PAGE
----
NOAH SLEE (PHOTO: SUPPLIED)

How Noah Slee’s new album saved him from himself

Berlin-based Tongan-New Zealand musician Noah Slee talks to Martyn Pepperell ahead of his appearance at Laneway Festival next week.

“It’s great when people pick up on certain lines in my songs,” says Noah Slee. The singer/songwriter, multi-instrumentalist and electronic music producer is telling me how the relationship between his audience and his music has intensified since the August release of his debut album Otherland. “I see people singing along on their Instagram stories,” he enthuses, “they tag me in their videos. It’s entertaining and it feels very nice. Instagram stories are hilarious. They’re such an interesting insight into someone’s life, especially when they are a little bit lit and let it all go.”

What can also be an interesting insight into someone’s life – especially when they’re an artist, are a little bit lit, and let it all go – is the art they create, and how they talk about it. Today, we’re discussing what Slee did when he decamped to his producer Ben Esser’s lakeside family home in the German countryside halfway between Berlin and Hamburg, how he ended up there, and what came next. With no distractions, they turned several years’ worth of rough demos into finished songs, tracked some additional recordings at Red Bull Studios Berlin, and created Otherland, the most personal and honest artistic statement of Slee’s career. “In the past, I’d always disguised myself in my music,” he admits. “Now that we’re in the post-release phase and I’m writing again, I feel like Otherland is only the tip of the iceberg in terms of me being free and open. I’m glad I did it though because it’s opened up the door for me to really go in with music.”

The first time I saw Slee perform live was at Auckland’s Wine Cellar in 2013. Dressed in vintage denim, with frizzy hair peeking out from under a pork-pie hat, and surrounded by guitars, pedals, keyboards and live electronic music performance interfaces, he performed with two session musicians, presenting some spectral, almost ambient songcraft. Equally informed by neo-soul, future RnB and experimental indie rock and folk, his sound had a distinctly Pacific twist. It silenced the whole room. As the music ebbed and flowed around Slee’s soul and gospel-informed vocals, it became obvious we were witnessing something special.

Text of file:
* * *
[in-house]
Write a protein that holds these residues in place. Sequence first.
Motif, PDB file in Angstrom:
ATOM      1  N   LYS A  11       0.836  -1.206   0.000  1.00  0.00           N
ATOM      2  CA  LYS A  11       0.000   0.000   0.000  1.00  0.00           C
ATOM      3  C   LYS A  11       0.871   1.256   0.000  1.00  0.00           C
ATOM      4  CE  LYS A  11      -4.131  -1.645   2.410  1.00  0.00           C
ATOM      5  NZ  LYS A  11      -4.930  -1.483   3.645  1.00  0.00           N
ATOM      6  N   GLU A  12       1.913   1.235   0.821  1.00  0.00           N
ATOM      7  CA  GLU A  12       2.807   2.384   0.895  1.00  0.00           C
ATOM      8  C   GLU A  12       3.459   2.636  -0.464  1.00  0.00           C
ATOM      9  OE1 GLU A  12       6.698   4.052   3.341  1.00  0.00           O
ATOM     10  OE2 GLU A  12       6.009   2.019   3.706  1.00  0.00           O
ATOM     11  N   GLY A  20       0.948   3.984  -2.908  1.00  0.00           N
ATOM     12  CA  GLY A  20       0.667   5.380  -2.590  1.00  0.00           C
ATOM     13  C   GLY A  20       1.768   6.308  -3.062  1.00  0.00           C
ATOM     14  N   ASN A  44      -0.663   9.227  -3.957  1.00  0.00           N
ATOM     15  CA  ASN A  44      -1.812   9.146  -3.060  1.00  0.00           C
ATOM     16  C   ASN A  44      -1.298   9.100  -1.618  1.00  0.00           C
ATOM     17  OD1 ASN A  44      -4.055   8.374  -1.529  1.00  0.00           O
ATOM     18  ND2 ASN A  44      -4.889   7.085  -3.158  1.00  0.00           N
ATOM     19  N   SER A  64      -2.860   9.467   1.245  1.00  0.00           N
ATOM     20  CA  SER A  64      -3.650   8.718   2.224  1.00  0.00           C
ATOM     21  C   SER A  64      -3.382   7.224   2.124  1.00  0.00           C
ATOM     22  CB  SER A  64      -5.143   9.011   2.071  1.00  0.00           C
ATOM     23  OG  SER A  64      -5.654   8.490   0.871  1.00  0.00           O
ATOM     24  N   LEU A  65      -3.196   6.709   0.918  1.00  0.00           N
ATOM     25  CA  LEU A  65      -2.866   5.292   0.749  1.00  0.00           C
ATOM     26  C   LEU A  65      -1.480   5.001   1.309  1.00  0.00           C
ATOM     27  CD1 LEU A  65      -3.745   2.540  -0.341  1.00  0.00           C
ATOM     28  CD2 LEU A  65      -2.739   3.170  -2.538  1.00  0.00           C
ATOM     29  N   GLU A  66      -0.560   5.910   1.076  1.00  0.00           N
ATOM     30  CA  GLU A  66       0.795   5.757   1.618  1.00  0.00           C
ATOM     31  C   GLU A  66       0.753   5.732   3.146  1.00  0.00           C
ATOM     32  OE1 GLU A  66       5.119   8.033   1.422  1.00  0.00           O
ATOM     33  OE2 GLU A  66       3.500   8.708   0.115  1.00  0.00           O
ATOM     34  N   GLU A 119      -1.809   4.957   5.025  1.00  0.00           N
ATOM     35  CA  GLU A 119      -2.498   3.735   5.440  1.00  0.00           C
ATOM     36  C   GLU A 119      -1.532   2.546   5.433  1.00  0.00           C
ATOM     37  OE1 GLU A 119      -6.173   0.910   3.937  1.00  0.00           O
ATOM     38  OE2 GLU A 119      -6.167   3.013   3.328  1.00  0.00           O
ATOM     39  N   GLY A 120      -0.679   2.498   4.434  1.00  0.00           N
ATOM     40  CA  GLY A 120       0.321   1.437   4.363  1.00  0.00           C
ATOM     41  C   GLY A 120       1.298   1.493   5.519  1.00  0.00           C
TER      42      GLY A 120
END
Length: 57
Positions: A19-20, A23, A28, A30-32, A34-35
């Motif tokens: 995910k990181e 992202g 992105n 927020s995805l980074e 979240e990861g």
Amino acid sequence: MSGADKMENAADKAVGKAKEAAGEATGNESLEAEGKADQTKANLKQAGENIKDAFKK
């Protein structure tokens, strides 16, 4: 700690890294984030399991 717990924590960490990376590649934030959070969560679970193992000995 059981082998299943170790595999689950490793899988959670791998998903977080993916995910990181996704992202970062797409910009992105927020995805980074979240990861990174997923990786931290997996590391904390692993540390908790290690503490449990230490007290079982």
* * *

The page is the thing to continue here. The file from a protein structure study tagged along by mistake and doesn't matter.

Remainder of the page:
Although Slee grew up in Auckland, he’d spent the previous four years living in Brisbane, travelling through the US, UK, Europe, and the South Pacific, expanding his creative palette and perspective along the way. Music wasn’t new to him either. Slee got his start in the early-2000s singing with West Auckland pop-funk band Spacifix, memorable to many from their 2006 Top 20 hit ‘Sunshine Day’ and numerous televised performances. At the time many thought Spacifix might become an international success, but despite a degree of recognition overseas, things didn’t pan out.

“That was so long ago,” Slee reflects. “It feels like a whole different world and time, and like I was a whole different person. There was a lot that happened before we ended that turned me sour against music and the music industry. It’s only recently that I’ve been able to fall in love with what we did again. I tried to distance myself from it at first. When I did music again, I wanted to veer as far away from what we did as possible. That let me really explore.” That exploring time was crucial to his development as a solo artist, a process that began in Australia and continued when he relocated to Berlin.   

With Otherland, Slee and Esser crafted an album underpinned by Slee’s younger experiences and the adventures that would follow. Rendered in sounds borrowed from his beloved Neo soul, the Future R&B sound that’s gained popularity in recent years, and the euphoric house and techno music he was introduced to in Berlin, it’s a record that hits you in the hips and the heart. Although Otherland features a cast including Hiatus Kaiyote’s Simon Mavin and Paul Bender, American future-soul icon Georgia Anne Muldrow, Nigerian singer Wayne Snow, and New Zealanders Melodownz, Rachel Fraser, and Jordan Rakei, top billing belongs to Slee and his exquisite vocals. They’re the vehicle for his introspective lyrical explorations of the stories behind his late sexual awakening, journey of self-discovery, and the freedom and spiritual progression hanging it all on the line has afforded him.